Divorced? Give Your Wedding Guests a Refund.
WHY YOU SHOULD CARE
Because weddings are expensive.
By Taylor Mayol
The wedding of Kristian Barowsky’s best friend was across the country, and calculating airfare, hotels, presents and fixings, it cost Barowsky nearly two grand to attend. But it was worth it, right?
Wrong. The couple split up a mere 18 months later — and all Barowsky got was a lousy embroidered beach towel.
At some point in many Americans’ lives — during your 20s or 30s, say — the pace of gold-embossed invitations accelerates from a trickle to a flood, and even if you love Champagne, cake, dancing and your friends, you might also love your bank account. Which is why we, like Barowsky, argue that destination weddings should come with a money-back guarantee: If the couple gets divorced within two years of the wedding, the exes must refund their guests’ expenses — like a financial “bond that expires after two years,” says Barowsky. And we’re talking the whole enchilada: flight, hotel, the occasional new dress or suit, bartender tips and Uber rides.
We don’t mean to sound callous — despite a previous broadside, we’re all in favor of lifelong love. Duh: We wouldn’t invest our time, money and emotions on weddings otherwise. As we see it, wedding guests are stakeholders in a legal human bond, which is clear in some traditions: The Jewish chuppah, for instance, is held up by four members of the community, representing their stake in and responsibility for the union. When the couple opts for early divorce, it’s not unfair for guests to wonder why their thoughts and feelings aren’t being considered too, says Claudia Luiz, psychoanalyst and author of Where’s My Sanity?, about strong marriages.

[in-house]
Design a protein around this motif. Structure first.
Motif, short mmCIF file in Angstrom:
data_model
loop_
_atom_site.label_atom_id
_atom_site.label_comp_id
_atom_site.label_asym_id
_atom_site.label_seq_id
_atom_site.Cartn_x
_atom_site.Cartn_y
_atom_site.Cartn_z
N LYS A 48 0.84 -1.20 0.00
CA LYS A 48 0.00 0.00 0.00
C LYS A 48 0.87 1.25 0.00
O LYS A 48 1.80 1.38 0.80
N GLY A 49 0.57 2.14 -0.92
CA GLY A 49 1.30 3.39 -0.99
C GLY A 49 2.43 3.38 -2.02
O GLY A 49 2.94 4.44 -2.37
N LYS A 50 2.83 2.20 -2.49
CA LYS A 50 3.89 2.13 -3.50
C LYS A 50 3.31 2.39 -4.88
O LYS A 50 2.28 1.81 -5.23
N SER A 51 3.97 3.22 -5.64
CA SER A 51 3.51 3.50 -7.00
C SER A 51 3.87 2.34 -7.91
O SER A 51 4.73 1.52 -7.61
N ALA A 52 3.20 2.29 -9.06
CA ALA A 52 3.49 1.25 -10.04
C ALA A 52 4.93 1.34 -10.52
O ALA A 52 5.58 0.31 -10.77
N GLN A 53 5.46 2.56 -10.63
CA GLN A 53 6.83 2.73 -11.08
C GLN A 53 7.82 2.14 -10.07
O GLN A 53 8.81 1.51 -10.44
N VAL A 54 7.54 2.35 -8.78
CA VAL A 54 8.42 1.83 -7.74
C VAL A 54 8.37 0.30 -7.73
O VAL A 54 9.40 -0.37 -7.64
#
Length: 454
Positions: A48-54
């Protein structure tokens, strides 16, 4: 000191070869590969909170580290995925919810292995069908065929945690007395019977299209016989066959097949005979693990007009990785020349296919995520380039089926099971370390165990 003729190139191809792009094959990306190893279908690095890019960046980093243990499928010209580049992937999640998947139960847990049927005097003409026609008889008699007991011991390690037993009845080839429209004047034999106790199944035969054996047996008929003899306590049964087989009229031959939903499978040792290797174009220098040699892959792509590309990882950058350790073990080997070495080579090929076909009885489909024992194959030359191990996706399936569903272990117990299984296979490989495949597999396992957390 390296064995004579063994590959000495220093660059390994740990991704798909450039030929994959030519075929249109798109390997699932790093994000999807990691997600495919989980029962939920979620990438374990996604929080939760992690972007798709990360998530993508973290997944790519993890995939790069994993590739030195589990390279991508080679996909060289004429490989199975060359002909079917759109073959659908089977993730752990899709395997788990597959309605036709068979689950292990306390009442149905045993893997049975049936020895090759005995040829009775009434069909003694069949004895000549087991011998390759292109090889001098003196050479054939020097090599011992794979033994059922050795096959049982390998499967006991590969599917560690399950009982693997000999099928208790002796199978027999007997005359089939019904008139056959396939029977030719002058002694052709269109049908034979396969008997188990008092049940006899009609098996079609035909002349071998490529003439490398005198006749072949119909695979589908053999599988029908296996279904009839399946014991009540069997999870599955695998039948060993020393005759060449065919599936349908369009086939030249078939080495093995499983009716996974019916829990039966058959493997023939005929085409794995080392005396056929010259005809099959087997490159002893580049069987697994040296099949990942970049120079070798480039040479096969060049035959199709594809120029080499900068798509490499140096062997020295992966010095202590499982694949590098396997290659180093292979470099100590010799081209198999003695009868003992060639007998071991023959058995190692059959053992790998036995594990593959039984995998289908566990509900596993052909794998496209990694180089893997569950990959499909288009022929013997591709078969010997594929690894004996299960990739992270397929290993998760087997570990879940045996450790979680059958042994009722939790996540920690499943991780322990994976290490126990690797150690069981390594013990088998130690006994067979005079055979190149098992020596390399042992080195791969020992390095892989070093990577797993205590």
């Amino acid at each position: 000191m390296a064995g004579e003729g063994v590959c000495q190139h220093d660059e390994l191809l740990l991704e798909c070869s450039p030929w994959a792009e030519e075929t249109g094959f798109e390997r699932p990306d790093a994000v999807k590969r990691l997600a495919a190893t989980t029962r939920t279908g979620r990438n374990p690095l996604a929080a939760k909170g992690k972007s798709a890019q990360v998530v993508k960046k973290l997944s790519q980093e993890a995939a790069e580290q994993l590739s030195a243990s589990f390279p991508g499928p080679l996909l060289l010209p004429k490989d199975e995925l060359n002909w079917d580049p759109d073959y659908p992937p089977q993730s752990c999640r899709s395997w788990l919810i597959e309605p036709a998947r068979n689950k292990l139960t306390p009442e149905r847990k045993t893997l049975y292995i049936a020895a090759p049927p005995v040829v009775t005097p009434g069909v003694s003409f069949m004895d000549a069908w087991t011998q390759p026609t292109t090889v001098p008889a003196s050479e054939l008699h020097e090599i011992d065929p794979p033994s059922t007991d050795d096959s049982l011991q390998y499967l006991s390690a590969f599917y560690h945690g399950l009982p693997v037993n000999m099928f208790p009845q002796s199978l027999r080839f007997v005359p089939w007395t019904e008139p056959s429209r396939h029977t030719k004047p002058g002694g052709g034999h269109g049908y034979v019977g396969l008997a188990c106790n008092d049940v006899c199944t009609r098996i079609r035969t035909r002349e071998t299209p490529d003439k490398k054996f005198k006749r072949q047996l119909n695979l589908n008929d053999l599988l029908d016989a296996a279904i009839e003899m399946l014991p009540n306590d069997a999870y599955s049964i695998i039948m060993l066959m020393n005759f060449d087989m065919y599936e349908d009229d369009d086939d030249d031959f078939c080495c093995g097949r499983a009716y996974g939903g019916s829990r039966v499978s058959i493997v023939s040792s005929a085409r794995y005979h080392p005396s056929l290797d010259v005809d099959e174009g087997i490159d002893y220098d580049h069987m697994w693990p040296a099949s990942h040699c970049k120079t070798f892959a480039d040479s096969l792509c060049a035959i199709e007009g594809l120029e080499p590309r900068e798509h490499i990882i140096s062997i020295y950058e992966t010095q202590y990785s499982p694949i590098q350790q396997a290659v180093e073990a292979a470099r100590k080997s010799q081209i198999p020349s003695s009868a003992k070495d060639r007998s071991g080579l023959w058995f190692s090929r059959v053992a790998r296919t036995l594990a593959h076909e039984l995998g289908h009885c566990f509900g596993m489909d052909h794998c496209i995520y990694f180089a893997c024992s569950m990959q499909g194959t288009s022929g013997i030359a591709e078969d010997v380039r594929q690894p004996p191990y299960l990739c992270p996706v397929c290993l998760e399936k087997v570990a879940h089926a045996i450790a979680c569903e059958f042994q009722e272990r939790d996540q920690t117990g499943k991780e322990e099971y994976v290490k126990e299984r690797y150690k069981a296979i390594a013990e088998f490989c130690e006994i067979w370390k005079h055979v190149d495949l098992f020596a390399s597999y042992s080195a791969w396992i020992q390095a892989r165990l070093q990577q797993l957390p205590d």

The specter of paying for guests’ travel might even stave off marriage altogether — at least until the couple is really sure about it.
Naysayers, and there are some, argue that wedding guests shouldn’t get off so easily: If marriages are like a startup, inherently risky but potentially game changing, we shouldn’t expect investment returns when the enterprise goes belly-up. Besides, argues Daniel Senning, an etiquette expert with the Emily Post Institute and co-host of the Awesome Etiquette podcast, it can seem pretty insensitive. We should assume couples enter marriage with genuine intentions and that divorce is “even more difficult on the people experiencing it,” Senning says.
Which is why we’d like to point out that the guarantee isn’t meant to benefit only wedding guests. Call it a ploy if you wish, but it’s a mechanism to force the couple to work out the kinks instead of abandoning ship before those critical 730 days. In fact, Beverly Willett, co-founder of the Coalition for Divorce Reform, advocates for longer wait periods before divorce, pointing to some evidence that suggests this might deter divorce. The specter of paying for guests’ travel might even stave off marriage altogether — at least until the couple is really sure about it. After all, up to half of all American marriages end in splitsies. The moral of the story, says Barowsky, is that marriage is a serious commitment, so “don’t waste everyone’s time and money if you’re not absolutely sure.”